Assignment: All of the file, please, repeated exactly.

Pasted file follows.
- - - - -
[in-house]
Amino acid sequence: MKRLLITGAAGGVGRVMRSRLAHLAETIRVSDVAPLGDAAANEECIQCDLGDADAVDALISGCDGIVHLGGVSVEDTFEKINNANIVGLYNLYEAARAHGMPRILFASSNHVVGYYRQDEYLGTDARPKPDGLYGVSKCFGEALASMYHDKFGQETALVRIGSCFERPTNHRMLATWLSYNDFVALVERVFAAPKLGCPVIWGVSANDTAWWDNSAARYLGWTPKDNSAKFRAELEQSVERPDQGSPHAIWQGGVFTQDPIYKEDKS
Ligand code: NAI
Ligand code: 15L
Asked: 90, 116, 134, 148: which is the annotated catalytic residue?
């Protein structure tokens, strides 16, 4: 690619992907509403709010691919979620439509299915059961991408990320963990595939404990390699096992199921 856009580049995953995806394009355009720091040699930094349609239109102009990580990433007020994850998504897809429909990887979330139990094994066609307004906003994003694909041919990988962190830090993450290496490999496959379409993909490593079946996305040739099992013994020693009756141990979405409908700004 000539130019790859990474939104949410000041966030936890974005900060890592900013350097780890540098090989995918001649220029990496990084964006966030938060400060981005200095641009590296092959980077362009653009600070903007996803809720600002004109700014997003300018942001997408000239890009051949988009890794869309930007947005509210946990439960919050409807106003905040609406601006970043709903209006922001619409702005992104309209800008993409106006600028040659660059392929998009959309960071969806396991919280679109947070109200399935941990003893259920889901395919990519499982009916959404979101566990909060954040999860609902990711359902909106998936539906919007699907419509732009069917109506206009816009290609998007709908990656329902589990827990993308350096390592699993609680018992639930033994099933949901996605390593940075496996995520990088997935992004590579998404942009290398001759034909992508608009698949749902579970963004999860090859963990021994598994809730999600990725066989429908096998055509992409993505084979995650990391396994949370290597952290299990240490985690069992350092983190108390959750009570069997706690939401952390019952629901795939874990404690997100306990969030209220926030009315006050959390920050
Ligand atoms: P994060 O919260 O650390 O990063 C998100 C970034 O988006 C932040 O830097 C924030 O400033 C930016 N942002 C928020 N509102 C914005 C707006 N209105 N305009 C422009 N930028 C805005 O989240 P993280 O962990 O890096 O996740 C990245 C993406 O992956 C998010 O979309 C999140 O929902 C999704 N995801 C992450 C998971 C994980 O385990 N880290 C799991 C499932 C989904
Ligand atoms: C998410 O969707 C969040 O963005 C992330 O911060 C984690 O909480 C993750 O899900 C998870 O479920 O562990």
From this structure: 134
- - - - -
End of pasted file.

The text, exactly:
[in-house]
Amino acid sequence: MKRLLITGAAGGVGRVMRSRLAHLAETIRVSDVAPLGDAAANEECIQCDLGDADAVDALISGCDGIVHLGGVSVEDTFEKINNANIVGLYNLYEAARAHGMPRILFASSNHVVGYYRQDEYLGTDARPKPDGLYGVSKCFGEALASMYHDKFGQETALVRIGSCFERPTNHRMLATWLSYNDFVALVERVFAAPKLGCPVIWGVSANDTAWWDNSAARYLGWTPKDNSAKFRAELEQSVERPDQGSPHAIWQGGVFTQDPIYKEDKS
Ligand code: NAI
Ligand code: 15L
Asked: 90, 116, 134, 148: which is the annotated catalytic residue?
């Protein structure tokens, strides 16, 4: 690619992907509403709010691919979620439509299915059961991408990320963990595939404990390699096992199921 856009580049995953995806394009355009720091040699930094349609239109102009990580990433007020994850998504897809429909990887979330139990094994066609307004906003994003694909041919990988962190830090993450290496490999496959379409993909490593079946996305040739099992013994020693009756141990979405409908700004 000539130019790859990474939104949410000041966030936890974005900060890592900013350097780890540098090989995918001649220029990496990084964006966030938060400060981005200095641009590296092959980077362009653009600070903007996803809720600002004109700014997003300018942001997408000239890009051949988009890794869309930007947005509210946990439960919050409807106003905040609406601006970043709903209006922001619409702005992104309209800008993409106006600028040659660059392929998009959309960071969806396991919280679109947070109200399935941990003893259920889901395919990519499982009916959404979101566990909060954040999860609902990711359902909106998936539906919007699907419509732009069917109506206009816009290609998007709908990656329902589990827990993308350096390592699993609680018992639930033994099933949901996605390593940075496996995520990088997935992004590579998404942009290398001759034909992508608009698949749902579970963004999860090859963990021994598994809730999600990725066989429908096998055509992409993505084979995650990391396994949370290597952290299990240490985690069992350092983190108390959750009570069997706690939401952390019952629901795939874990404690997100306990969030209220926030009315006050959390920050
Ligand atoms: P994060 O919260 O650390 O990063 C998100 C970034 O988006 C932040 O830097 C924030 O400033 C930016 N942002 C928020 N509102 C914005 C707006 N209105 N305009 C422009 N930028 C805005 O989240 P993280 O962990 O890096 O996740 C990245 C993406 O992956 C998010 O979309 C999140 O929902 C999704 N995801 C992450 C998971 C994980 O385990 N880290 C799991 C499932 C989904
Ligand atoms: C998410 O969707 C969040 O963005 C992330 O911060 C984690 O909480 C993750 O899900 C998870 O479920 O562990």
From this structure: 134